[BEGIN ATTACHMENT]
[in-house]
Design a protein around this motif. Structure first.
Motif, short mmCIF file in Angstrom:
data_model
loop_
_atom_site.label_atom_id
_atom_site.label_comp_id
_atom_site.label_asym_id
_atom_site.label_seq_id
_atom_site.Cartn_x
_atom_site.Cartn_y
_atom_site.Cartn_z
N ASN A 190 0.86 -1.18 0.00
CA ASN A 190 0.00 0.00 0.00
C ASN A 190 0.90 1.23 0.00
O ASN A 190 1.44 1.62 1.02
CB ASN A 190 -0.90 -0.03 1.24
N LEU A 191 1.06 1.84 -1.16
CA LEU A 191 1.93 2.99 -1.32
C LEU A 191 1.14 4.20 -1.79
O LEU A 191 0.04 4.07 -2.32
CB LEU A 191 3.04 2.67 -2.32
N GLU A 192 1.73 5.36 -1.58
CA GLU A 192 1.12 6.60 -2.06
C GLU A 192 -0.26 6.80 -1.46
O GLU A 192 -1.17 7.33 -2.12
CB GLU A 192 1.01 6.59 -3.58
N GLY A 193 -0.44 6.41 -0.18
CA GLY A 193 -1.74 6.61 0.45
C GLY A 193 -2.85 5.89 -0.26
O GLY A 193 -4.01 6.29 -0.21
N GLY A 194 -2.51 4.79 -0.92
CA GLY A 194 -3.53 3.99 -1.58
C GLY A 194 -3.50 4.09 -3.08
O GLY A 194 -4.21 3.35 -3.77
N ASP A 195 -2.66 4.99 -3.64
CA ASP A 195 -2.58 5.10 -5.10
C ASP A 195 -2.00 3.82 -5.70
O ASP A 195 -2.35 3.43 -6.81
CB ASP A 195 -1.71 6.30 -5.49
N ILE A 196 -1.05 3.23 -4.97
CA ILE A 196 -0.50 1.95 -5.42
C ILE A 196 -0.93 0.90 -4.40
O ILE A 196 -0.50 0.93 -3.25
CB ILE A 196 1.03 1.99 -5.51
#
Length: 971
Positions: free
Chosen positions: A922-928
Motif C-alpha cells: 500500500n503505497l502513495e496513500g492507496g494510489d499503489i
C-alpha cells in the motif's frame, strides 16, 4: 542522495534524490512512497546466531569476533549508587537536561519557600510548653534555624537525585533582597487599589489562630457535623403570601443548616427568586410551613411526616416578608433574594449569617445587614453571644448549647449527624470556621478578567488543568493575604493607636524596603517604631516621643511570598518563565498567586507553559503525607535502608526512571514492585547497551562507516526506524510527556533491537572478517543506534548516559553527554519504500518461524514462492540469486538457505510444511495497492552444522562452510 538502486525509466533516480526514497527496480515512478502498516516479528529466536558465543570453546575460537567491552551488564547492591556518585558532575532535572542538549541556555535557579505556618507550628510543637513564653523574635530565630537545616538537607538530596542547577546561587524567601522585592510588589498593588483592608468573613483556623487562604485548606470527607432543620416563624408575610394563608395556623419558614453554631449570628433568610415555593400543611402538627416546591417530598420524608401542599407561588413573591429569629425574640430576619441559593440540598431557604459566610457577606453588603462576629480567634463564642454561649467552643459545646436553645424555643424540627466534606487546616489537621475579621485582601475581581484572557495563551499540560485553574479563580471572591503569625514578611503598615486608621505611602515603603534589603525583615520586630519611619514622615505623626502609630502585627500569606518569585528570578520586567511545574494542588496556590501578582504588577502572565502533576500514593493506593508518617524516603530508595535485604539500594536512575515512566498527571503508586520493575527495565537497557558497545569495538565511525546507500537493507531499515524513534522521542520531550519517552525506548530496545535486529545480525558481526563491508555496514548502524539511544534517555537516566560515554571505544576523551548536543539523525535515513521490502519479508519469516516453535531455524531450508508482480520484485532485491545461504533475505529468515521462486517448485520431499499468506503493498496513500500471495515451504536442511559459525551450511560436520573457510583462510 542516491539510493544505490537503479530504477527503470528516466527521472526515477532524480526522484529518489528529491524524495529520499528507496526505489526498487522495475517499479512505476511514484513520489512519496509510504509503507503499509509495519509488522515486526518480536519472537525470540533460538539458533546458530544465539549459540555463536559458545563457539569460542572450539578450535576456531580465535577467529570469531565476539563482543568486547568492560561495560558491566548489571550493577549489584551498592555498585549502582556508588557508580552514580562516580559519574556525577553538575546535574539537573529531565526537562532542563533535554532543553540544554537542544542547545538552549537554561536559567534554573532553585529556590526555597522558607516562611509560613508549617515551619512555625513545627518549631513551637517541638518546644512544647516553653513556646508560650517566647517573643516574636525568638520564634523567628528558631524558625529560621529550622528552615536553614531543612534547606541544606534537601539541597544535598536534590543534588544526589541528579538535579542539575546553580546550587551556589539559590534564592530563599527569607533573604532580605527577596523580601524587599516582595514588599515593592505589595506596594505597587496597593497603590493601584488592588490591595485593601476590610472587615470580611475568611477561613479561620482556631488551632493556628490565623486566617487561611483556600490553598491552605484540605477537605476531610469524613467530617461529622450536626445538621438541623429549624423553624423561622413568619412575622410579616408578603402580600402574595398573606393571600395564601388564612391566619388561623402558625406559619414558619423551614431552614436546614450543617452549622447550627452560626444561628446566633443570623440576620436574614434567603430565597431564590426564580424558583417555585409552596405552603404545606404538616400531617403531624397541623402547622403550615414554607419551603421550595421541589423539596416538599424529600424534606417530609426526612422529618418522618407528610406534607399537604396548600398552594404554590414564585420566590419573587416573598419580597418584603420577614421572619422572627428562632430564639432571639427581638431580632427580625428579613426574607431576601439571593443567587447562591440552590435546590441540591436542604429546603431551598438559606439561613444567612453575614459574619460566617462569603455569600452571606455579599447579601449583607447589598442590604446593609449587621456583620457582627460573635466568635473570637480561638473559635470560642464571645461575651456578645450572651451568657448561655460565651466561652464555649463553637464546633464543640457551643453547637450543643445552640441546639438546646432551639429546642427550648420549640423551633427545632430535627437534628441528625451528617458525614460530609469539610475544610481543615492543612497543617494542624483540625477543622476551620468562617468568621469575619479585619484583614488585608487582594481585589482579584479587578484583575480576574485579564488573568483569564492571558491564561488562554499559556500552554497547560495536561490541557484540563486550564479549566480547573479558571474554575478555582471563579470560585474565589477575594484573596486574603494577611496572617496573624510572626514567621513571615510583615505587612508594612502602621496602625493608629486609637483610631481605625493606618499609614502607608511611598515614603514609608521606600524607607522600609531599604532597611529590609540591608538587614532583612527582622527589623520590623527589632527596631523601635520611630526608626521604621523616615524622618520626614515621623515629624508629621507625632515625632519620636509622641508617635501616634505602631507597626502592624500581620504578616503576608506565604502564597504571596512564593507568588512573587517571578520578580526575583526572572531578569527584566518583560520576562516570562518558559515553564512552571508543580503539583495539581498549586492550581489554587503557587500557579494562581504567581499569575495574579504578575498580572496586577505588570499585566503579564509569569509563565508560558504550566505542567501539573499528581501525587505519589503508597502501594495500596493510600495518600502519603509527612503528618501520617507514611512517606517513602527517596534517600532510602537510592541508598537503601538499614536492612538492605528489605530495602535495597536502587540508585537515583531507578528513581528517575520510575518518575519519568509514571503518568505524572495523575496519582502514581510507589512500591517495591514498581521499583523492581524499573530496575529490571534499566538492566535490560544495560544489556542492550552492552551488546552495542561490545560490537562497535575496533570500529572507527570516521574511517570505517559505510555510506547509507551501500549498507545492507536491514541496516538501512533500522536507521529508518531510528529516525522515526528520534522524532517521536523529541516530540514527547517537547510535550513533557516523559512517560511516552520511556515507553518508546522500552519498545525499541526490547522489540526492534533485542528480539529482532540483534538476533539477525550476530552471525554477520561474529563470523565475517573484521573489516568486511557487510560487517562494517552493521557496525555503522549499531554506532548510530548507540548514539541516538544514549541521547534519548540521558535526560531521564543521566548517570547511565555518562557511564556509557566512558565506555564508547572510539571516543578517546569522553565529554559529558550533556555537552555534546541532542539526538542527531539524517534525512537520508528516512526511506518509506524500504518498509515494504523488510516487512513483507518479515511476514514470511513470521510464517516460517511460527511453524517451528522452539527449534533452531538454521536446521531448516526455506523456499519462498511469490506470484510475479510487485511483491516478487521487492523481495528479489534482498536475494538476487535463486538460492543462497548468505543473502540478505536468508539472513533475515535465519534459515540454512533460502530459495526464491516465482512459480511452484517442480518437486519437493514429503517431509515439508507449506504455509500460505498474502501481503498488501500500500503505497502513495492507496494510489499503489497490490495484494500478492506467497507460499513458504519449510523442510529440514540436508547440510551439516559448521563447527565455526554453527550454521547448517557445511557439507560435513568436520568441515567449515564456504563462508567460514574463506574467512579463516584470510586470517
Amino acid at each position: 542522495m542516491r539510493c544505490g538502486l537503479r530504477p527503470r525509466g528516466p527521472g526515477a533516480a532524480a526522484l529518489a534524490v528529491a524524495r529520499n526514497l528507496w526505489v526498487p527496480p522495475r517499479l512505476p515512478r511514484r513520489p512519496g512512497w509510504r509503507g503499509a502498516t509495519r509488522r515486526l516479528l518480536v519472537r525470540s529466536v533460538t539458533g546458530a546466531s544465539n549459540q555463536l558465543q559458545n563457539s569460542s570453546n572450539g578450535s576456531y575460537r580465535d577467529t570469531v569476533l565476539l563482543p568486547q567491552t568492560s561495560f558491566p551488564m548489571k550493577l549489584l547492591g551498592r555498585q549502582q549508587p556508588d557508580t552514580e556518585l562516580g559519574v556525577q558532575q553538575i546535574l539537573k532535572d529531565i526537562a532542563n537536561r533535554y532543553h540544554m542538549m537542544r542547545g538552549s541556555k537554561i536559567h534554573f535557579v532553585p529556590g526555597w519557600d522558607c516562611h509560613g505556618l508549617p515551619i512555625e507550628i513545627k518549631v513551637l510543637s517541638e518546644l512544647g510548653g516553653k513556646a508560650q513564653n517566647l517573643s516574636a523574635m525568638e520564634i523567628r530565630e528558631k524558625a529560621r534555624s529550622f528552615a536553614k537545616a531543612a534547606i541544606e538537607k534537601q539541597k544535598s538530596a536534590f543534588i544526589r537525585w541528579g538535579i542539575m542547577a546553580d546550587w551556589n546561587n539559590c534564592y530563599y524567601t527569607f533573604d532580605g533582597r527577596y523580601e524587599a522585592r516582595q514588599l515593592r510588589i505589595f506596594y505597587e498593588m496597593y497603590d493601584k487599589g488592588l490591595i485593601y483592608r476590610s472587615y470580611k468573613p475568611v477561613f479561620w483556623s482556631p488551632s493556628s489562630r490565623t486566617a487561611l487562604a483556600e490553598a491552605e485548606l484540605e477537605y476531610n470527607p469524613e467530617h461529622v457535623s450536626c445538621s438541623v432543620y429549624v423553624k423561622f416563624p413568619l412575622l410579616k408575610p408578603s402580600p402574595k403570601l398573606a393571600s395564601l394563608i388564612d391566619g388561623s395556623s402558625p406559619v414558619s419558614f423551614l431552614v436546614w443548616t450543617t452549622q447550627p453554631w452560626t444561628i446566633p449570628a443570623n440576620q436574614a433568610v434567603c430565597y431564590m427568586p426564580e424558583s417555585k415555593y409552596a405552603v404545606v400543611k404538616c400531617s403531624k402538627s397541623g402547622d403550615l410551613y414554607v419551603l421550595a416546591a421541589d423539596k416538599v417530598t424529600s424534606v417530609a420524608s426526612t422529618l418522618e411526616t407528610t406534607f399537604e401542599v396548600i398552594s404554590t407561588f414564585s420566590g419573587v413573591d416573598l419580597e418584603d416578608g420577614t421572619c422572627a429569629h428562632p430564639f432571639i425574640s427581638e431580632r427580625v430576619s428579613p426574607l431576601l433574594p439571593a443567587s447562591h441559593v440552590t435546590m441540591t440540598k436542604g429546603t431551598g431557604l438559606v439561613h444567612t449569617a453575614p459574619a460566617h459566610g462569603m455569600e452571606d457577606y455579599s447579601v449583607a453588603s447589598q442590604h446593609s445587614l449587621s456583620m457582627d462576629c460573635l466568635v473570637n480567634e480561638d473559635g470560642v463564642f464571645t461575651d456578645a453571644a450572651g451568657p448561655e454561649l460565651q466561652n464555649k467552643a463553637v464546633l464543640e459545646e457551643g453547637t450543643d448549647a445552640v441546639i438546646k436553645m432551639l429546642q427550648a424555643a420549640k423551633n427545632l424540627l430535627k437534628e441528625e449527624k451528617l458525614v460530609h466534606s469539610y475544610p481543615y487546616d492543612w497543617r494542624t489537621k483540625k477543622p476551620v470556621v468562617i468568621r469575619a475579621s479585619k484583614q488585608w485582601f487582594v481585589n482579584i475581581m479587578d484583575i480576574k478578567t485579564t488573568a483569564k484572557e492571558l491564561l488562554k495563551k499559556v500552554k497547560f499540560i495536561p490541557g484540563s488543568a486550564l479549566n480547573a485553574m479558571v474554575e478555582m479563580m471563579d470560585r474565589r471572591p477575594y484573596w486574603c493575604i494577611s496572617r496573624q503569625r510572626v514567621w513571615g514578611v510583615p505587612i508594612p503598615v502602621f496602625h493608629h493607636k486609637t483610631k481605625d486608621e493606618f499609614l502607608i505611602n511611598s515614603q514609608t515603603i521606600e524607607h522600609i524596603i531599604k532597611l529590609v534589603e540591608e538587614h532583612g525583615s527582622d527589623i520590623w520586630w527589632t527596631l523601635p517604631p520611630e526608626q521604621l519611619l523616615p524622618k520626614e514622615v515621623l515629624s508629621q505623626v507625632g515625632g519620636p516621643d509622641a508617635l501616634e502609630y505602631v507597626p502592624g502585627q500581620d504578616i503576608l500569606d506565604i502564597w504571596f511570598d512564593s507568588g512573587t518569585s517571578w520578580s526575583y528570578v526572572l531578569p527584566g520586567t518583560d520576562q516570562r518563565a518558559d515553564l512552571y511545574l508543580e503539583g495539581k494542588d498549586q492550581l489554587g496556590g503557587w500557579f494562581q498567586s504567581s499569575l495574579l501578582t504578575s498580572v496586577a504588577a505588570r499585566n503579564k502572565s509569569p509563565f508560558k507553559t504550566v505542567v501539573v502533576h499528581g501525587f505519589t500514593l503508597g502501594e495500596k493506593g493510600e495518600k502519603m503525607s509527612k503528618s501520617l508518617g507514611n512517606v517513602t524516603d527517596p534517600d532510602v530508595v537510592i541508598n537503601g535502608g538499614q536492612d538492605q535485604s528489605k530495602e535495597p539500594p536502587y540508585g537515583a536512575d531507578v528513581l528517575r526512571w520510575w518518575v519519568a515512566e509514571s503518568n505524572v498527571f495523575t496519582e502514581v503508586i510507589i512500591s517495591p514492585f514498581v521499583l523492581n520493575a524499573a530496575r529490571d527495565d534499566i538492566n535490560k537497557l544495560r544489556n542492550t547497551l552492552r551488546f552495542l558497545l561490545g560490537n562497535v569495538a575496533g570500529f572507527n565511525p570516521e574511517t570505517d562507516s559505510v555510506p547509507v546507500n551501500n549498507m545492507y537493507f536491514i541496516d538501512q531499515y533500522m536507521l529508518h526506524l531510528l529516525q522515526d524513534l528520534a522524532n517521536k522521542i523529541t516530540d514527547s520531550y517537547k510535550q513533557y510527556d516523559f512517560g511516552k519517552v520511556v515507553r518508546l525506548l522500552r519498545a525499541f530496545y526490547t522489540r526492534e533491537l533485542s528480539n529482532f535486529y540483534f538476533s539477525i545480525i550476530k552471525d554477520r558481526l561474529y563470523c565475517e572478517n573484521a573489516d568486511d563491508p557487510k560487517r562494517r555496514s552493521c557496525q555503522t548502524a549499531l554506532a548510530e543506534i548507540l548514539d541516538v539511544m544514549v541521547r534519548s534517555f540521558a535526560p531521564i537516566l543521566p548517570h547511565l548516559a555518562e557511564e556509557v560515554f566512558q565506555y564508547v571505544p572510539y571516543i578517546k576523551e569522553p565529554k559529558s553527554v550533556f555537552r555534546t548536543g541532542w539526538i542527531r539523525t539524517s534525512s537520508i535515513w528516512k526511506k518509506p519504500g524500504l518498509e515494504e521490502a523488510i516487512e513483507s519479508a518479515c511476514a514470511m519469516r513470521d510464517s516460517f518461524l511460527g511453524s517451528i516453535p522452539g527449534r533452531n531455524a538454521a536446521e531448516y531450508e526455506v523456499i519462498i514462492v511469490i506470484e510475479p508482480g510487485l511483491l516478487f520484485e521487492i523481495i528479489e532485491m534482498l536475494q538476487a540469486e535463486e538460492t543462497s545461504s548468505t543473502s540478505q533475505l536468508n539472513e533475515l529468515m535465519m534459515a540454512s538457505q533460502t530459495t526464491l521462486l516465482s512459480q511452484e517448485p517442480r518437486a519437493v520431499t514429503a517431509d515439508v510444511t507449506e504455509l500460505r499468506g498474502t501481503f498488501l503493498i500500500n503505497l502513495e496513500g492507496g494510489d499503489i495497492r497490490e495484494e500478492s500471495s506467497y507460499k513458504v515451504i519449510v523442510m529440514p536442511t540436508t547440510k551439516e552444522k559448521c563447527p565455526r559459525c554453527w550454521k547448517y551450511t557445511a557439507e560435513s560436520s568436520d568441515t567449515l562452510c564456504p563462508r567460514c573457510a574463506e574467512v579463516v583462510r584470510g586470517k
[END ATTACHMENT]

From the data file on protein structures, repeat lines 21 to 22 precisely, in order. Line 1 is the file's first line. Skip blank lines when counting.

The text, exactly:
O LEU A 191 0.04 4.07 -2.32
CB LEU A 191 3.04 2.67 -2.32